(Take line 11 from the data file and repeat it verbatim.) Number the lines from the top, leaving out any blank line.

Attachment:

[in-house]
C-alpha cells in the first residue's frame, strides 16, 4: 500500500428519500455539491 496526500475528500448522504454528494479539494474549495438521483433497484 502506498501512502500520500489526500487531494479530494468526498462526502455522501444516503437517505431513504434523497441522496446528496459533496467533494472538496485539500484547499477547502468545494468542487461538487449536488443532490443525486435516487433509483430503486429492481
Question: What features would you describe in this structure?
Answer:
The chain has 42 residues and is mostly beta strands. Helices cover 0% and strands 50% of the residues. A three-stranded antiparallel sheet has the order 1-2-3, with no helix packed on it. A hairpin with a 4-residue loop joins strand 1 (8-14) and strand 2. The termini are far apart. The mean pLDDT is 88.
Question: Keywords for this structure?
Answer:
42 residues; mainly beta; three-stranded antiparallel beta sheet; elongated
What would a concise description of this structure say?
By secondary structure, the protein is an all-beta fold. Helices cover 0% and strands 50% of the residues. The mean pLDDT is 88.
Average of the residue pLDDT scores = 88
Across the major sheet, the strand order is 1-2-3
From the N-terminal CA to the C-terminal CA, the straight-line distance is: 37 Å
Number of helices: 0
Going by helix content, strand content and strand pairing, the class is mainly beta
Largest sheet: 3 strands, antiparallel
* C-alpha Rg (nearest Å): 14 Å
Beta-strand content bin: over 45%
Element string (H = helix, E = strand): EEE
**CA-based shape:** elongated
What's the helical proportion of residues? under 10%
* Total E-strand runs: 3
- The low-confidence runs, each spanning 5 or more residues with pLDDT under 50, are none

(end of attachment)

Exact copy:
Average of the residue pLDDT scores = 88